How to manage Delayed Onset Muscle Soreness (DOMS)
Delayed Onset Muscle soreness or DOMS as it’s commonly referred to, is not necessarily a bad thing until it starts to negatively impact your day-to-day life, and your ability to train and perform. The good news, however, is that managing it is possible. We’ve put together some strategies to help you do so.
What is DOMS (Delayed Onset muscle Soreness)?
DOMS is the stiffness and muscular pain you experience after you’ve put your muscles through a heavy workload. It tends to peak between 24 and 48 hours post-exercise and can be more pronounced if you haven’t carried out intense exercise for some time, if you’re carrying out new movements, or if you up the intensity of your exercise.
DOMS is a very complex process that isn’t yet fully understood. It’s thought to be attributed (in part at least) to your body’s inflammatory response to a breakdown in muscle tissue caused by intense exercise.
The natural process indicates that your body is responding to the increased intensity or variety in your training program. But it can prove troublesome if it is excessive and affecting your performance. After all, you’re training to get to peak performance, so let’s make sure you can perform.
How do I manage DOMS?
DOMS can’t be avoided completely but there are things you can do to minimize and manage its negative effects. They include:
- Training / Recovery
- Personal factors
Training / Recovery
If you want to get fitter, faster, and stronger, you need to train hard enough to exceed your muscle’s capacity so that they can then adapt. If you’re experiencing excessive muscle soreness, however, here are some important things to consider about your training program:
- Does it have enough variation? If you don’t vary your workouts, specific muscles or energy systems won’t have sufficient time to recover leading to burnout and / or injury.
TIP / Ensure that you vary both the muscle groups and energy systems you’re targeting, along with the training type and intensity.
- Is there a balance between training and recovery? Training stimulates change in your body but without adequate time for recovery, your body won’t be able to adapt. Meaning you won’t reap the benefits of your hard work. Therefore, the balance between training and recovery, and the efficiency of your recovery methods are critical to allow you to train as frequently and intensely as possible.
TIP / Ensure you allow adequate time in your program for rest and recovery. Make your recovery as efficient as possible by incorporating low-intensity active recovery on your rest days.
Nutrition is a critical part of the puzzle because you need to fuel the cell repair and growth that your training induces. Four important things to be aware of are:
- Am I getting enough calories? Your daily caloric intake must be high enough to support your activity levels and training goals. If not, you won’t be able to recover sufficiently and you won’t realise the benefits of your hard work. Speak to an expert to define a suitable calorie target for a person of your gender, age, activity level and goals.
- Am I eating at the right times? For your average person nutrient timing isn’t critical, but it’s good practice to eat a balanced meal 1-2 hours before you train, and again within two hours of training to fulfill your nutrition needs and aid recovery. If you are a high-performance athlete, you may need a more specific nutrition plan based on your sport and goals.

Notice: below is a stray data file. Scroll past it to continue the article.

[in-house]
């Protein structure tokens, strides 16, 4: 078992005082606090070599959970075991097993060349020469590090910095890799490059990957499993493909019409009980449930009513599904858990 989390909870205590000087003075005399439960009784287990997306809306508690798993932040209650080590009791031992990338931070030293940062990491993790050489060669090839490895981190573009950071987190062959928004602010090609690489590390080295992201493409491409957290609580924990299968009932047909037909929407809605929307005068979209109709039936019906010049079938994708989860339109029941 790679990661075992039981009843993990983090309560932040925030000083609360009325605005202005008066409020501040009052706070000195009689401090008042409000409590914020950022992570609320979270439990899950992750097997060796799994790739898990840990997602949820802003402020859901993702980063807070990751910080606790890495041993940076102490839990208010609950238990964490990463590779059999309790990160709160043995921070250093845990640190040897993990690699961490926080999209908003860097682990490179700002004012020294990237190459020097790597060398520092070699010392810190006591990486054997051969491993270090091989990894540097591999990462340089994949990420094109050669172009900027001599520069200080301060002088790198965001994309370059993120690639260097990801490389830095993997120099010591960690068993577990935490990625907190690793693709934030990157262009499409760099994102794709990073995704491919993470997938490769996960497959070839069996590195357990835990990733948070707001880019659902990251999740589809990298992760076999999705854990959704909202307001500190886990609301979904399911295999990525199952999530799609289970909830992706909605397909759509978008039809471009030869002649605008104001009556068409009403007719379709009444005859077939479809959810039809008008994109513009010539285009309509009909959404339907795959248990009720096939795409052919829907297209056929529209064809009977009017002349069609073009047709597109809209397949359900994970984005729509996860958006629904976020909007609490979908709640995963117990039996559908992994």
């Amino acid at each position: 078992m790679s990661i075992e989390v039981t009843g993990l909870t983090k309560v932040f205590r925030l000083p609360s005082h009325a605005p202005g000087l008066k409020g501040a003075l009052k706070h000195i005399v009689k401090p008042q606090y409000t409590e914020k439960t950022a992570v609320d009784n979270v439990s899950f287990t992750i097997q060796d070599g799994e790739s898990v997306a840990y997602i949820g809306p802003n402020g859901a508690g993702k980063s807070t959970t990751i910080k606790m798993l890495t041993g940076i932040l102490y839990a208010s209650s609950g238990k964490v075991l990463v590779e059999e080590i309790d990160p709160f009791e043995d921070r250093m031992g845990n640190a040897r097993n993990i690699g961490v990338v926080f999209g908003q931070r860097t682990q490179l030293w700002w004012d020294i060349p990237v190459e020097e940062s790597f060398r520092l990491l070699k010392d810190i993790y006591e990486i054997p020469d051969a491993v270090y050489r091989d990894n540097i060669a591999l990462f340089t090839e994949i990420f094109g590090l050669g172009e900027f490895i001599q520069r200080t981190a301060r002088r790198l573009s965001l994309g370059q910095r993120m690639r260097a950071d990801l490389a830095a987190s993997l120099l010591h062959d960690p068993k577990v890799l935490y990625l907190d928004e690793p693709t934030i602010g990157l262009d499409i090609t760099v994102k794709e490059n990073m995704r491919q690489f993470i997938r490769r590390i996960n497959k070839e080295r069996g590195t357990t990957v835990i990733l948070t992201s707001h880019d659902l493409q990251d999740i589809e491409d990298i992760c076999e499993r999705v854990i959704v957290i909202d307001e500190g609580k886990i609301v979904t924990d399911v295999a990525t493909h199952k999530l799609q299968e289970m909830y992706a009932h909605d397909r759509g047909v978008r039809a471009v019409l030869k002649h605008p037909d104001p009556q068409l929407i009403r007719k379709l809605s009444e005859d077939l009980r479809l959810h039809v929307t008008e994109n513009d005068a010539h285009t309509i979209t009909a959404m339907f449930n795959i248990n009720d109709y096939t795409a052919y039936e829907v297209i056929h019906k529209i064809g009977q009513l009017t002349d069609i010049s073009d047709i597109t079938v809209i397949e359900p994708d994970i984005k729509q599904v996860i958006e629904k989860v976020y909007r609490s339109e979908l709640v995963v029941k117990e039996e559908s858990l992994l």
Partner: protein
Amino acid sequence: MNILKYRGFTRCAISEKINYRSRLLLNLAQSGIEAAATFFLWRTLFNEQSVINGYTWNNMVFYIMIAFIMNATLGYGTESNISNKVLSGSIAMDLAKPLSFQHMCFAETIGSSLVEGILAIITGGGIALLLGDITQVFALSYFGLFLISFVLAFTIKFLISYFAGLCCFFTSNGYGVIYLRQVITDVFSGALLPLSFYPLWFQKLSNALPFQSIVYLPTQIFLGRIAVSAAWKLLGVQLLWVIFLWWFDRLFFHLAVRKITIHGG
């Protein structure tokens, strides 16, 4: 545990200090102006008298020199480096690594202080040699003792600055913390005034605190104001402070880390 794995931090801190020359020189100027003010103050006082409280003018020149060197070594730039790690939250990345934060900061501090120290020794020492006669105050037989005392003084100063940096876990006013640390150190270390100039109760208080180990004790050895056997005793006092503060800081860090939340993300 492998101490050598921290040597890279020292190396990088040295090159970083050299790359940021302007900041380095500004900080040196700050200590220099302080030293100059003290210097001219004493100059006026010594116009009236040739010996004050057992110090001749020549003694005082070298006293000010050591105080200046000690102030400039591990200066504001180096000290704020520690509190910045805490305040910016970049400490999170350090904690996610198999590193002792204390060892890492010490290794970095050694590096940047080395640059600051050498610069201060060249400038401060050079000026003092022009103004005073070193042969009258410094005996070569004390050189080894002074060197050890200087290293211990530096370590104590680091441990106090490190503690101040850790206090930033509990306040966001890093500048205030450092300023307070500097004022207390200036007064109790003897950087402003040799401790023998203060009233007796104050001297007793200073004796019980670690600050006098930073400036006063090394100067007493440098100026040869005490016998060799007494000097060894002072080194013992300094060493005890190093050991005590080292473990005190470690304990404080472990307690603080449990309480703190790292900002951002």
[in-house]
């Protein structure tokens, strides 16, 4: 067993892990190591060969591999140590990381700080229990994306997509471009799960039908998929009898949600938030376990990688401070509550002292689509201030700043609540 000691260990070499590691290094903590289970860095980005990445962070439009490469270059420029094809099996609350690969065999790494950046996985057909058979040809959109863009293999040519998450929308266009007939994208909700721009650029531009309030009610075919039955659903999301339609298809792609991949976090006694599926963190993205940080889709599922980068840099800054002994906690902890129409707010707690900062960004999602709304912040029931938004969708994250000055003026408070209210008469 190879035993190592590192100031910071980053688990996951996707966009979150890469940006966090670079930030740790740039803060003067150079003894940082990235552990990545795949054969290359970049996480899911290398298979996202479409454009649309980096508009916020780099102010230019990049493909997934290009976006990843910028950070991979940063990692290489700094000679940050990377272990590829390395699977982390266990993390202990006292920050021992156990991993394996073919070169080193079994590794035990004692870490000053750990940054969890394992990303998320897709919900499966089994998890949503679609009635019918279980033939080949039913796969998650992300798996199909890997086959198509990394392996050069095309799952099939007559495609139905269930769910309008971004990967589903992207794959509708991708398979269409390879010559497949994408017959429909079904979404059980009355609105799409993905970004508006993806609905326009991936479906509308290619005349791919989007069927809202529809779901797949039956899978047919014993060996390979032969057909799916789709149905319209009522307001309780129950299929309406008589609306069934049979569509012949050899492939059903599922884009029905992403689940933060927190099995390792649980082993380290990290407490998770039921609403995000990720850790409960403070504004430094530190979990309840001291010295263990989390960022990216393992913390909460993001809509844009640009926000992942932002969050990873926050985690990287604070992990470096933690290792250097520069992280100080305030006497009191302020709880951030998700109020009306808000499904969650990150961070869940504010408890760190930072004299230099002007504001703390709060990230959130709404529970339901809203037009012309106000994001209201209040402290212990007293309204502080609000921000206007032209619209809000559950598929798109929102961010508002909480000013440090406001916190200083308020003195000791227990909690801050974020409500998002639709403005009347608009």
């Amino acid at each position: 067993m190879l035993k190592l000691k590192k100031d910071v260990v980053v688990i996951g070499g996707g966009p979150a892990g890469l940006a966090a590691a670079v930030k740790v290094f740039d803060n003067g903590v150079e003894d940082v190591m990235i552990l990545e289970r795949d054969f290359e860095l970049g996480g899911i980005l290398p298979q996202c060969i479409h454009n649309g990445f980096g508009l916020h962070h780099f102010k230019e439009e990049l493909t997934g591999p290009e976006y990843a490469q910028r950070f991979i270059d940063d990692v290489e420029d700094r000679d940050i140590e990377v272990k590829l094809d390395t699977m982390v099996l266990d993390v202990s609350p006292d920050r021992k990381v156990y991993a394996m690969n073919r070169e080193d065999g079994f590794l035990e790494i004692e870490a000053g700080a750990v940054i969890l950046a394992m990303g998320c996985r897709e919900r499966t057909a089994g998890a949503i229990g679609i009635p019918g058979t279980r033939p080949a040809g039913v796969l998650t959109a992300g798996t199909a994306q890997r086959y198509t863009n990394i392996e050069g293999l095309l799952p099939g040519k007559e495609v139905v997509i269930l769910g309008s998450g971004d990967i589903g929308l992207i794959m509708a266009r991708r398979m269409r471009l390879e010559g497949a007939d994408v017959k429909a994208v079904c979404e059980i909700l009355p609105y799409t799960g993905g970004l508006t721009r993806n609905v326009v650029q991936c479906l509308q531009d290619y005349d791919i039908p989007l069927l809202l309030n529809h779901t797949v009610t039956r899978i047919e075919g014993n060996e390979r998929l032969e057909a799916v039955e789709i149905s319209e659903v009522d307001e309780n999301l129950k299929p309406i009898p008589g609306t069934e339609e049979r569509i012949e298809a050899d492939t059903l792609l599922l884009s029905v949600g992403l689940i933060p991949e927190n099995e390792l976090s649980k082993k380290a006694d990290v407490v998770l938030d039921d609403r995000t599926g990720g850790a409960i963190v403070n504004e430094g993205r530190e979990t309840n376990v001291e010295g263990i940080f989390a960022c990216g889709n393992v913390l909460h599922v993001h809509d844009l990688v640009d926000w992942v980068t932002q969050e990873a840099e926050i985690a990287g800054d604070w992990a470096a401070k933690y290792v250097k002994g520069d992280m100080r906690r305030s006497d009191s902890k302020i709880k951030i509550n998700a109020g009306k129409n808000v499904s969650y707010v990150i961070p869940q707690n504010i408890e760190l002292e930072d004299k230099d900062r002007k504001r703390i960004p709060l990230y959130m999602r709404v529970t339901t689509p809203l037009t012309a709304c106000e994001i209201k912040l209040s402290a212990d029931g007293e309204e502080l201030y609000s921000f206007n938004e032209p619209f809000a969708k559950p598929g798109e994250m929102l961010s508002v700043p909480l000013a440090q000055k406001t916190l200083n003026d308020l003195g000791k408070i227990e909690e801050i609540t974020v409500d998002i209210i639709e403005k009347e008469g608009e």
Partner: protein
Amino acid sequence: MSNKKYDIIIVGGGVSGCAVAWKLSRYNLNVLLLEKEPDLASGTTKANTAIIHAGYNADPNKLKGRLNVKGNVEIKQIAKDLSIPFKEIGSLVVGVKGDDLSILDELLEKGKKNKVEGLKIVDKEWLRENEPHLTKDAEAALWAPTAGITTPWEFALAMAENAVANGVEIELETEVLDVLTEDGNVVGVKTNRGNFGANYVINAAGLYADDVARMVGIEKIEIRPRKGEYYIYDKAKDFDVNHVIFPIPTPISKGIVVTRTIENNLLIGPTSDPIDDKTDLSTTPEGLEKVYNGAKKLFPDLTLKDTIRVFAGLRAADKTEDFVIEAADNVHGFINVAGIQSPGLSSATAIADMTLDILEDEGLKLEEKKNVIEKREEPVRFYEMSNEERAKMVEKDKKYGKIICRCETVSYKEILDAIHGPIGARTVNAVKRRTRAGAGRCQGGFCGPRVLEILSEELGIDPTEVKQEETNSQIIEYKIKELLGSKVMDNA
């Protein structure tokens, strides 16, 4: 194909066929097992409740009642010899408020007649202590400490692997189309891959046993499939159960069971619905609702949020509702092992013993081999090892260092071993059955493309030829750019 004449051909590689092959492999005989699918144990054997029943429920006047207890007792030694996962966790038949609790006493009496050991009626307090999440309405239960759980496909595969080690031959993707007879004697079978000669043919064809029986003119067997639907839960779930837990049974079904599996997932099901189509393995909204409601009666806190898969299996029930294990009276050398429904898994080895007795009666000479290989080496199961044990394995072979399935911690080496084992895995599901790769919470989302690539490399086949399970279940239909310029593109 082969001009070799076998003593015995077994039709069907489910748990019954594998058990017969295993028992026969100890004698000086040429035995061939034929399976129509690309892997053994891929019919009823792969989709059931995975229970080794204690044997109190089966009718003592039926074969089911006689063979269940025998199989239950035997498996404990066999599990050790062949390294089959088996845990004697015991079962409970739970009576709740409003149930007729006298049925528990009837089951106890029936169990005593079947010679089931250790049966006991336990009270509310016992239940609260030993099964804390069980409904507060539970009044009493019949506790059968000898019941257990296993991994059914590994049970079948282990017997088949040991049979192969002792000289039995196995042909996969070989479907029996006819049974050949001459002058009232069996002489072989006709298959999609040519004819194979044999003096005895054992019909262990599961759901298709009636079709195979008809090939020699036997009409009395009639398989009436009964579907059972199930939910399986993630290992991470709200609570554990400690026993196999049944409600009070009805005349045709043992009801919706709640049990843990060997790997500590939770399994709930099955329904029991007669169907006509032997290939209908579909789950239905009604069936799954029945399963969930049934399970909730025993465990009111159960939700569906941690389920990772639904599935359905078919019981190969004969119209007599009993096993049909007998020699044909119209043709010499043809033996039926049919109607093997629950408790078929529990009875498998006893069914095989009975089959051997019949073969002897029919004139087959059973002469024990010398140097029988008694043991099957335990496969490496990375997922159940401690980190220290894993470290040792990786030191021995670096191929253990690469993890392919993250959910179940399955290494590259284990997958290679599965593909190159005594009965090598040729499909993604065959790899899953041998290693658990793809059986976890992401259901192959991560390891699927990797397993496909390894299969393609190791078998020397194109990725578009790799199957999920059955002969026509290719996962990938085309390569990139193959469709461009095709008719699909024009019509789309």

- Am I eating the right foods? Eat real, unprocessed food in order to get the nutrients you need. Include herbs and spices which can help manage inflammation among other things.
- Am I drinking enough water? Stay hydrated before, during, and after training.
Getting enough high-quality sleep is a critical for recovery. If you’re training hard and not getting between 7-9 hours sleep, you won’t recover sufficiently and you’ll be more likely to get sick among other negative side-effects.
Check out our post on optimizing sleep for some strategies you can implement to ensure you get the high-quality slumber your body needs to recover.
Some other factors that can affect muscle soreness that are worth considering if they are relevant in your case:
- Medications / muscle soreness is a side-effect of many common medications. Anti-inflammatories while they may reduce pain in the short-term are not a solution because they can inhibit protein synthesis preventing muscle growth.
- Stress / pain perception can be impacted by stress so it’s important that you manage your stress levels.
- Menstrual cycle / strength and energy are impacted during the different stages of the menstrual cycle. Being aware of this and managing your training program around it can help you manage muscle soreness and recovery.
- Mood / pain perception can be affected by mental and emotional well-being.
DOMS is a somewhat necessary evil when it comes to getting fitter, faster, and stronger. But not to an extent where it should negatively impact your everyday life, or your mental and physical performance.
It can be and should be managed to allow you to push yourself to peak performance by optimizing your training program, nutrition, and sleep, and identifying other personal factors that may be impacting it.
Having an awareness of the symptoms and noting what has brought them on is the first step. Then, adjusting your training program accordingly, and being consistent with your nutrition and sleep will help you get it under control.
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